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I like it, and it'll be especially usefull if you're cooking at the campground and need to chop onions.


I like it! Functional, yet stylish!
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Old 06-04-06, 02:48 AM   #12
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Butt ugly, but if it works, that's all that maters
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Old 06-04-06, 08:24 AM   #13
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That's just amazing!

Make sure you take really good care of that wood...it'll last longer. Someday, though, it's likely to give way.
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Old 06-04-06, 08:55 AM   #14
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Is that a cutting board? You plan on making sushi on the go?

Your bike rack will be the first bike component I've seen succomb to termites.
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Old 06-04-06, 11:07 AM   #15
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As far as weather proofing the wood, the supports are oak wich is weather resistant and it got coated with some polyurathane. I have no clue how much it will hold, but it only needs to hold a trunk. Concidering that the kayak I recently build uses the same two species of wood, I actually do not expect it to fail for reasons of the wood. The cutting board is obviously weather resistant.
As far as the metal rack not fitting... My guesses are that the rack is higher because of the lack of eyelets and its a very racing inspired frame so the seat stays have a very steep angle which probably brings the rack closer to my seat???
Regardless, thanks for the comments. If anyone is curious to try and replicate it on their own bikes, I would be glad to offer advice. I seriously doubt this will happen, though. If anybody is riding around Durham and Duke and you see a real funky rack, you will know who owns it.
Thanks all
Scott
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Old 06-04-06, 12:06 PM   #16
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I don't see a rudder on the stern how do you sail it?
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Old 06-04-06, 01:35 PM   #17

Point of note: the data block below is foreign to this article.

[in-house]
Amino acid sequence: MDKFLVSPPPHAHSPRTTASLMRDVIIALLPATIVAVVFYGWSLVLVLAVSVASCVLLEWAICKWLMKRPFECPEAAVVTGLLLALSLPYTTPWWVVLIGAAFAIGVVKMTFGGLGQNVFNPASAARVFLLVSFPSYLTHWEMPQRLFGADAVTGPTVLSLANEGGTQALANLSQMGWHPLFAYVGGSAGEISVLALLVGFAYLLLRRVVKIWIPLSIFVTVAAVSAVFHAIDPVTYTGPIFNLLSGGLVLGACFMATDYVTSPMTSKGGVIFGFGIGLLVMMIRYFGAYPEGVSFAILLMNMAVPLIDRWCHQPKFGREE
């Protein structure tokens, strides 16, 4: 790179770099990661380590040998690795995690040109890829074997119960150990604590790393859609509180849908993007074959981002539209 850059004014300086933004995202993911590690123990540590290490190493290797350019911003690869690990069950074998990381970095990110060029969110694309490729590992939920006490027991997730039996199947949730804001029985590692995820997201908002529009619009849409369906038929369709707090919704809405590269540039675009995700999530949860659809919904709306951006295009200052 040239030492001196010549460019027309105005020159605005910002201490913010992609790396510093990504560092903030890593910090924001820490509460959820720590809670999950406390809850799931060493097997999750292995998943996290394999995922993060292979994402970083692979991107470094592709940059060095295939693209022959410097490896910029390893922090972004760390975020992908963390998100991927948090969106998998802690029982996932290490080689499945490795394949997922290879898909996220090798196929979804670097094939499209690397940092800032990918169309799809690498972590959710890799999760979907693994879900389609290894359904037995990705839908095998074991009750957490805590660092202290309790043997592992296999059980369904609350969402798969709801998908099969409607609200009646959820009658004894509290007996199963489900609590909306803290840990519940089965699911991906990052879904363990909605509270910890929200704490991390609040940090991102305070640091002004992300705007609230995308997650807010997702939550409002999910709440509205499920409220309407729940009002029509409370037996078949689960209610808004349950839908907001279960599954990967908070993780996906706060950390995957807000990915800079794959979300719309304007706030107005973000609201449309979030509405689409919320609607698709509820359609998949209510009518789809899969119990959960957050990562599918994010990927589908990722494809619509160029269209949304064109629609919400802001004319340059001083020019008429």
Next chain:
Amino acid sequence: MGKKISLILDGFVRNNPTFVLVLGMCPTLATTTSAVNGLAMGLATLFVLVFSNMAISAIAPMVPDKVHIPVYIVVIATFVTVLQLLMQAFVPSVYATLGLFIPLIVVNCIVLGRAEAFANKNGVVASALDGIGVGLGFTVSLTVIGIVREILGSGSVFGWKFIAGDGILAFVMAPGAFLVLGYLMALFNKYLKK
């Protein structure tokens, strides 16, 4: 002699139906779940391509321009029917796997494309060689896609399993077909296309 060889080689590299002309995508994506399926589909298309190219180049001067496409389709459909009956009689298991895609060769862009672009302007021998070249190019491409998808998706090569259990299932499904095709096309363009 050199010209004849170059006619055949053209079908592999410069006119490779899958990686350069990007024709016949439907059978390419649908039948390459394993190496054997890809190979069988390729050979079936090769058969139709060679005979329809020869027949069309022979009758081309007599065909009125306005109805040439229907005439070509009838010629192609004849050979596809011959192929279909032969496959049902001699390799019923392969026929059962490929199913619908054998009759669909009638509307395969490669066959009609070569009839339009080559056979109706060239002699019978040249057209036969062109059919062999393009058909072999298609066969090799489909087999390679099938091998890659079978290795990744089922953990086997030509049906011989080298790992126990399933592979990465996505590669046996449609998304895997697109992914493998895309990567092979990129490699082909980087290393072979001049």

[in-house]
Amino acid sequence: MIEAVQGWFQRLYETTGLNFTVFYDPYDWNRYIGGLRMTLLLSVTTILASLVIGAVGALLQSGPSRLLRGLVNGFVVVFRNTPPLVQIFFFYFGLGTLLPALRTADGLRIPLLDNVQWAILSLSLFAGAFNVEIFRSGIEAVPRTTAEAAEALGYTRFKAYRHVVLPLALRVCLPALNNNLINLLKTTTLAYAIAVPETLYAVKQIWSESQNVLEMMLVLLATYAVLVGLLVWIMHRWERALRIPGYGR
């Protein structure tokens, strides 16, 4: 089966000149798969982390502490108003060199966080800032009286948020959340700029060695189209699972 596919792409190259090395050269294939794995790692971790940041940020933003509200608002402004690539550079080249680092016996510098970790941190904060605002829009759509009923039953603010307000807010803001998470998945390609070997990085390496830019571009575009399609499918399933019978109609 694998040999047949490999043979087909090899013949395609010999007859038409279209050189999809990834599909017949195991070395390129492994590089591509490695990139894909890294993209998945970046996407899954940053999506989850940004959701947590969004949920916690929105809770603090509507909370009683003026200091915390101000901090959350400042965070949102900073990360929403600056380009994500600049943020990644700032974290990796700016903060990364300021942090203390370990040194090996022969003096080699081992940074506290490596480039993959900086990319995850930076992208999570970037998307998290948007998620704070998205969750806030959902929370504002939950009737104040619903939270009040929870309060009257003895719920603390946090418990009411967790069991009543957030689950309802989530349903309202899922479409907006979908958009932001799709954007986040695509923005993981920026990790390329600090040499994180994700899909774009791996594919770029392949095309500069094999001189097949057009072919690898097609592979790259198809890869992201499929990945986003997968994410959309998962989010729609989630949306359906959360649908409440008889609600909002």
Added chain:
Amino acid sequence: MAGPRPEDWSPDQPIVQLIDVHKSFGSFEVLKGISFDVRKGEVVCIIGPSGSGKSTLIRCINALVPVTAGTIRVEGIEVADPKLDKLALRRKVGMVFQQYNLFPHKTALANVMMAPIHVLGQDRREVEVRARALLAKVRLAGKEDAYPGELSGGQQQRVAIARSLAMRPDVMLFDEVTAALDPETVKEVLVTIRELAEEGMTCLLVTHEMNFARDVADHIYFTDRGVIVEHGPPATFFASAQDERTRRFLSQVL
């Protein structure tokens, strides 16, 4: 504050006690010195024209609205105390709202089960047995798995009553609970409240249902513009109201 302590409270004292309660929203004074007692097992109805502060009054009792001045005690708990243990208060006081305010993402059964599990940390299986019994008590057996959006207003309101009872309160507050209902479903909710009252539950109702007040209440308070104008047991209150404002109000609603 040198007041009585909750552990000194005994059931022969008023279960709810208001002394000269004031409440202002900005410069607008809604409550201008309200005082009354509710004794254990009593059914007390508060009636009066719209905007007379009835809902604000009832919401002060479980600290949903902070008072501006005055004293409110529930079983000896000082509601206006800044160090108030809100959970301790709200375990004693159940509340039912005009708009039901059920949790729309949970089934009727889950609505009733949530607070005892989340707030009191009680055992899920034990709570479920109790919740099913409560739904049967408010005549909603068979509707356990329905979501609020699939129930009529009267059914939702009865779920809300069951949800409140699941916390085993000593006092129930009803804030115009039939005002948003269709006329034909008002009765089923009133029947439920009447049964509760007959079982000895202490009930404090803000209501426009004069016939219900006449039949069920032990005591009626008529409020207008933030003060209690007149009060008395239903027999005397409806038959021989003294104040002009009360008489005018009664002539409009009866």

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Everything was looking good until I saw the top. Replace the top with more wood and you will be able to carry cheese and wine.
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Old 06-04-06, 01:39 PM   #18
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Quote:
Originally Posted by ncscott
When I tried to put on my existing rack on my road bike, it just didn't work. It was way too high and under the seat. My options seemed to be either buy a seat rack or make a rear rack. The seat rack lacked fun and the rear rack was only 15 dollars, not to mention the cutting board got replaced. The rack is made of a cutting board, the wood under the rack is spruce and the supports are 1/4 x 3/4 inch oak. I don't beleive its all that bad looking. Up next is to make the trunk.
What do y'all think?
http://i2.photobucket.com/albums/y23...wing/rack1.jpg
http://i2.photobucket.com/albums/y23...wing/rack2.jpg
http://i2.photobucket.com/albums/y23...wing/rack3.jpg
http://i2.photobucket.com/albums/y23...wing/rack4.jpg
Scott
That rack would be great for this bike:

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Old 06-04-06, 03:06 PM   #19
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Dude, you got a nice rack.
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Old 06-04-06, 04:38 PM   #20
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Butt ugly but strangely intriguing
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Old 06-04-06, 05:34 PM   #21
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I dunno.. I kinda like it. :x